If you’re looking for a place to live in Seattle that’s close to the water, you’ve got a lot of options. There’s Fremont on the canal, Ballard (which is right near Shilshole Bay), and even parts of the Central District border Lake Washington. But there’s also Eastlake - it’s somewhere that has a great view of Lake Union, you’re close enough to Capitol Hill and South Lake Union without paying Capitol Hill and South Lake Union rent prices (although we’re not sure how long that’ll last), and there are some excellent places to eat and drink. The neighborhood is home to one of the best beer bars/sandwich operations in town, a diner that serves ridiculously good carrot cake pancakes, and a pasta spot that we’d pop in for a solo meal any day of the week.
Le Messe is hands down the best restaurant in Eastlake. The Italian spot on Yale Place serves some incredible pasta, like squid ink spaghetti with butter and bottarga, cavatelli bolognese with mascarpone and mint, and delicious gemelli with braised pork shank that makes you realize that a lot of other pastas in town need some work. Plus, if you sit at the chef’s counter, they always have three specials you can order that aren’t available to the rest of the restaurant. The options change all the time, but in the past we’ve had a seared hamachi belly and rigatoni cacio e pepe. It all makes for one of the best dining experiences you can have in Eastlake.
Mammoth is a beer bar that also serves subs the size of your head. They make sandwiches on really good baguettes, like a housemade smoked turkey club with cheddar and ranch, a riff on a Cubano, and a beastly fried chicken sandwich. It’s from the same team behind Bitterroot, one of our favorite BBQ spots in town, so you know you’re in fantastic hands with all of the smoked meats here. And while it’s hard to imagine not ordering food, Mammoth also is a great place to hang out if you’re into beer.
The first thing you should know about Son Of A Butcher is that their online waitlist system is a total sh*tshow. It’ll ask you to come to the restaurant in an hour and then have your table become available (and then given away) in five minutes. But we can’t help but love this Korean BBQ spot anyways. They make great cocktails and have a ton of different meats that you can choose to grill, like marinated beef bulgogi or an entire ribeye. However, some of the best things here don’t involve red meat at all - we’re fans of the steamed egg with tobiko, spicy chicken with rice cakes and sweet potato, and the comforting tofu soup.
Sushi Kappo Tamura is a solid place to get some nigiri and rolls. Unlike a lot of the popular Japanese spots in town (like Kashiba, Maneki, and Shiro’s), it’s always easy to get a table here, and as a bonus, most of the fish they serve is sourced sustainably. While it might be tempting to order the chef’s omakase for dinner, you should get a combo of salmon and spicy tuna rolls, and some excellent scallop nigiri.
Think of Grand Central like Panera Bread’s sophisticated older cousin who’s better than Panera in every way possible. Here you’ll find tasty sandwiches, like a turkey and havarti and a tuna melt with Beecher’s cheese on sourdough, along with salads, like a kale caesar with parmesan bread crumbs that are way more exciting than croutons. Don’t forget to add a shortbread cookie, too.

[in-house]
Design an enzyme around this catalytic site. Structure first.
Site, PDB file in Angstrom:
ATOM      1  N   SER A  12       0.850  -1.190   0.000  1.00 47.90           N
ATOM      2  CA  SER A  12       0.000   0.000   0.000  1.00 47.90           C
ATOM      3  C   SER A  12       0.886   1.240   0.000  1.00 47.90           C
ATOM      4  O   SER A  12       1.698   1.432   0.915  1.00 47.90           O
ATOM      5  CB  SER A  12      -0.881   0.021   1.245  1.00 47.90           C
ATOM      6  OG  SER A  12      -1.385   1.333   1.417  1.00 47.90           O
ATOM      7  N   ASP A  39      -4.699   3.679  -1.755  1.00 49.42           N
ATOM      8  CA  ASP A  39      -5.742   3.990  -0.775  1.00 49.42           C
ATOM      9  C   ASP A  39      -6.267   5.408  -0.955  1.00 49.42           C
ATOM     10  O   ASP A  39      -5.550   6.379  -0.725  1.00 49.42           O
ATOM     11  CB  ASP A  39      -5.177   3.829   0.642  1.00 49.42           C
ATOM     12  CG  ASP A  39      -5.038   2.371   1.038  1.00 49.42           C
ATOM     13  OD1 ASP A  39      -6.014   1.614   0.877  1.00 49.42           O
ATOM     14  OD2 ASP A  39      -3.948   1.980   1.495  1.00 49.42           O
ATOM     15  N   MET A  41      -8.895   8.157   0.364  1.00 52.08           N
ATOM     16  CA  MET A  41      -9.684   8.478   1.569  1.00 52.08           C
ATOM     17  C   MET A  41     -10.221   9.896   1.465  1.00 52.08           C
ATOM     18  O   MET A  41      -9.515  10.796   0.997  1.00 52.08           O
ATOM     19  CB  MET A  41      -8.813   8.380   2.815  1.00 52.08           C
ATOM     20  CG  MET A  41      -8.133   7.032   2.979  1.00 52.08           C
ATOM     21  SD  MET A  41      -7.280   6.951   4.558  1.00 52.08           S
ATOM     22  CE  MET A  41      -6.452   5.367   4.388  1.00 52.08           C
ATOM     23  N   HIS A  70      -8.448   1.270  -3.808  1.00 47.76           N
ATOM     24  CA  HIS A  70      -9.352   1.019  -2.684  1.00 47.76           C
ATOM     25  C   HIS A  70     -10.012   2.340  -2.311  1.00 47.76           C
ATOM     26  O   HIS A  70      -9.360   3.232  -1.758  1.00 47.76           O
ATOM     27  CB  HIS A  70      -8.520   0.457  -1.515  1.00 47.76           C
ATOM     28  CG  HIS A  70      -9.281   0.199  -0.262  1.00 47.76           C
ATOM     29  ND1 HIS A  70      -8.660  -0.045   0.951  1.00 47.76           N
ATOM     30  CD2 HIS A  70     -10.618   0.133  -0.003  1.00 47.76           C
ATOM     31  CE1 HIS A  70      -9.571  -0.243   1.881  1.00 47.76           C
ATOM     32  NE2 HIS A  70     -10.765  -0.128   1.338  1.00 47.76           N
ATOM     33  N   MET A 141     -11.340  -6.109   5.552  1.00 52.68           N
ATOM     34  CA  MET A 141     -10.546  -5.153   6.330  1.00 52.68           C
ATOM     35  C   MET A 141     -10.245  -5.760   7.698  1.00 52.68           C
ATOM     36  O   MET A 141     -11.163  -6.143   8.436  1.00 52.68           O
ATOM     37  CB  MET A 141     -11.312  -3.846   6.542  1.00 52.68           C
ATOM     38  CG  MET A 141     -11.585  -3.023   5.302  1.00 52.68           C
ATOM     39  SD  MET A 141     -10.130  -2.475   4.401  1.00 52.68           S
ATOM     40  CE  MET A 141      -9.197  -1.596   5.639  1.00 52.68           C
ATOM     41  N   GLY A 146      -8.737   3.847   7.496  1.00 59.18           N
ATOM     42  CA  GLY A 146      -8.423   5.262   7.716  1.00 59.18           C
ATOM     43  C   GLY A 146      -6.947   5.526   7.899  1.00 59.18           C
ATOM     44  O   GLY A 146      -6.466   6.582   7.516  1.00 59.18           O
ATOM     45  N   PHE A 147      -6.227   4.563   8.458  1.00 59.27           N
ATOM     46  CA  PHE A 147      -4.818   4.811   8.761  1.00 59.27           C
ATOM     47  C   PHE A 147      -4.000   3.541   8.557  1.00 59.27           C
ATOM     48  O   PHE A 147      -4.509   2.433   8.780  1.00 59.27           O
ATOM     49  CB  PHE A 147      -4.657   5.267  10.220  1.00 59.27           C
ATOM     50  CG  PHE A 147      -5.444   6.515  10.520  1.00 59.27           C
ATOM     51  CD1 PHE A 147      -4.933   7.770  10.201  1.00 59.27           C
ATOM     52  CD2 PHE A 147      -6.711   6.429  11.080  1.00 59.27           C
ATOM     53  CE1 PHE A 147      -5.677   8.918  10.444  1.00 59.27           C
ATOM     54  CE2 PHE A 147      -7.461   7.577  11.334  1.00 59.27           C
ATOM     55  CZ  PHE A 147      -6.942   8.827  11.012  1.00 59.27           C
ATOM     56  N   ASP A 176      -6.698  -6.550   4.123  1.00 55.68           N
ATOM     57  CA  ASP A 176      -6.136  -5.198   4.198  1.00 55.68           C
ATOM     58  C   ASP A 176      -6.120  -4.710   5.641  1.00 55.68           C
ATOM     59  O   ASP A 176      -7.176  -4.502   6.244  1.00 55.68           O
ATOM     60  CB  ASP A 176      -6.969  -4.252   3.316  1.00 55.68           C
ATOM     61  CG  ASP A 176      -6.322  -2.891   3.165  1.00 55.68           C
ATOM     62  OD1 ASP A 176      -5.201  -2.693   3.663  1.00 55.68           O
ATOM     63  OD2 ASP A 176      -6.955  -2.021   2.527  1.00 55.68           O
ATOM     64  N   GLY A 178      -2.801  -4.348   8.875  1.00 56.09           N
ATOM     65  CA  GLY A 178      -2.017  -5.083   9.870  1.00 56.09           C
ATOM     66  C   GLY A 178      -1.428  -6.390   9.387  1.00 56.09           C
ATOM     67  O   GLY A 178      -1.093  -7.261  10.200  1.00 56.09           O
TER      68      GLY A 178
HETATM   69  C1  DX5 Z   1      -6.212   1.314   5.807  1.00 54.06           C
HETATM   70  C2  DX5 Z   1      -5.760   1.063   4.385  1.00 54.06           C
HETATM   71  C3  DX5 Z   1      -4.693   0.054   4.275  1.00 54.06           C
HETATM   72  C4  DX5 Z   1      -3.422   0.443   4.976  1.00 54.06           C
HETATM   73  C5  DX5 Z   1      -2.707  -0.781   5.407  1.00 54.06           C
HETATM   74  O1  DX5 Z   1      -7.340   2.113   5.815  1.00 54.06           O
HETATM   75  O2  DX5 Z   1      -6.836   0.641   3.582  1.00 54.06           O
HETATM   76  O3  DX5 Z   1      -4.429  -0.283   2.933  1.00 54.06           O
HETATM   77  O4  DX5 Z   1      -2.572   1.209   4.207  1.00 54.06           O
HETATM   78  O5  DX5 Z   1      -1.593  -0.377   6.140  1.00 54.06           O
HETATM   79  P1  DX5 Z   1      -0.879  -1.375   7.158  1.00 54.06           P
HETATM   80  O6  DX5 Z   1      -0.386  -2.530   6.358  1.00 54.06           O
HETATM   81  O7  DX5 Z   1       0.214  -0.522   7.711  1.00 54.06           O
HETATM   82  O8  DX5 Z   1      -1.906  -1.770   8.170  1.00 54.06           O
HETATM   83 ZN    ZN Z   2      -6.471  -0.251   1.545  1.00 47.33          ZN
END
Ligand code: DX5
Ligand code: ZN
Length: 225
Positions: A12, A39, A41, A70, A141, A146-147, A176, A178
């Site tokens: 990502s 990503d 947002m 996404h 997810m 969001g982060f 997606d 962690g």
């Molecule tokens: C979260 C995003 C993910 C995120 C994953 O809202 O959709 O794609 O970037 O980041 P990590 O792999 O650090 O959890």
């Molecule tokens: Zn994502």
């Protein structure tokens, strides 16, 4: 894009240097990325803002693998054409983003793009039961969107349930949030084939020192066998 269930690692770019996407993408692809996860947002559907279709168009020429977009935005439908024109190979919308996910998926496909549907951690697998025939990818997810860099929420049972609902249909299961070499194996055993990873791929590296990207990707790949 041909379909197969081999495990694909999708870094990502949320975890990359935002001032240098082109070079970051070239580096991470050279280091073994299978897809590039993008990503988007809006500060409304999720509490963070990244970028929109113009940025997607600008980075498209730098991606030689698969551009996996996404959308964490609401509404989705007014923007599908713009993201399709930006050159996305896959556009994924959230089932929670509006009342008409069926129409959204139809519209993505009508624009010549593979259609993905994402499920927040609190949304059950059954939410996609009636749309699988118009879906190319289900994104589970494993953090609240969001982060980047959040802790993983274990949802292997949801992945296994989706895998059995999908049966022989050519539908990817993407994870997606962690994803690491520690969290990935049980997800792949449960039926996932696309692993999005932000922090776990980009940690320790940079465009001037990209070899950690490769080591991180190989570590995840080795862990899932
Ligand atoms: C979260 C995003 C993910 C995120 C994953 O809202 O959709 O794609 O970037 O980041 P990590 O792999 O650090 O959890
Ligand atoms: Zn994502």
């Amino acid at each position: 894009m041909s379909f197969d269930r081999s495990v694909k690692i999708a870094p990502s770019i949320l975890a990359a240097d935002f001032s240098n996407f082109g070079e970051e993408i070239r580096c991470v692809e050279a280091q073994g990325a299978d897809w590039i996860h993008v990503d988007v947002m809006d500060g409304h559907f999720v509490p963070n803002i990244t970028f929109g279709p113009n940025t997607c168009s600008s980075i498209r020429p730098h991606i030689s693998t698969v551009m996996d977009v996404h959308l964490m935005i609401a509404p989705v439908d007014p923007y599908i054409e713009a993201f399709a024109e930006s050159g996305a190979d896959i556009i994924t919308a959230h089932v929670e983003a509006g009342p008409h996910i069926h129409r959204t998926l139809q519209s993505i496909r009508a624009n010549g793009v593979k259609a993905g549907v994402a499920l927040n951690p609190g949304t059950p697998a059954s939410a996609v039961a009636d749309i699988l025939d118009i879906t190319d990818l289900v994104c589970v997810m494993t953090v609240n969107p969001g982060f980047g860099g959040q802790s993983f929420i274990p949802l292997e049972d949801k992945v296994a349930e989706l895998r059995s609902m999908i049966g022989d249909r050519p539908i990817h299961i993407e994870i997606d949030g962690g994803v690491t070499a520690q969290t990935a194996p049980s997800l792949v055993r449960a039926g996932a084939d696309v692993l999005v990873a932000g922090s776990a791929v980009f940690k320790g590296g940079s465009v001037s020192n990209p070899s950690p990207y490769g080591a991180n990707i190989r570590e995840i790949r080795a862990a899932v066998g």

If you need a quick lunch in the neighborhood, go to Poke Square. This spot is a counter operation where you can get tasty raw fish topped with vegetables like edamame, nori flakes, scallions, seaweed salad, pickled ginger, and tobiko. If you like a lot of spice, add in some spicy tuna and hot sesame soy.
Siam is a Thai restaurant that’s a perfect spot if you’ve procrastinated in planning a big group dinner. There are always open tables and everything on the menu is shareable, from the appetizer platter loaded with satays and spring rolls to the very excellent crab fried rice (the best thing here). And you’re in fantastic hands with any of the curries, which are thick, creamy, and taste great when ladled on top of the crab fried rice.
14 Carrot isn’t the kind of diner that you’d stop in for a chopped salad or a cup of coffee. It’s a place where you’re going to eat piles of hashbrowns and crab cake benedicts, and wash it all down with a pint-sized watermelon mimosa. This greasy spoon brunch spot is charming in a nothing’s-been-updated-since-1977 kind of way, based on the old photo collages, vintage dining tables, and coin-operated Runts dispensers that nobody uses. If you’re only going to order one thing, their cinnamon-y carrot pancakes topped with icing and maple syrup are so good that it puts their actual carrot cake (which, to be fair, is also good) to shame.
Chances are you’re either in Eastlake because you live here, or you took the wrong exit on I-5. But anytime you’re in the neighborhood, you should grab a drink at Zoo Tavern. It’s a fun dive with a bunch of activities: billiards, pinball, skee-ball, shuffleboard, and bocce. The food’s pretty similar to what you’d find at a bowling alley, like chicken strips and mozzarella sticks, but most of the stuff on their menu makes for a good snack if you’re hungry after a few pints.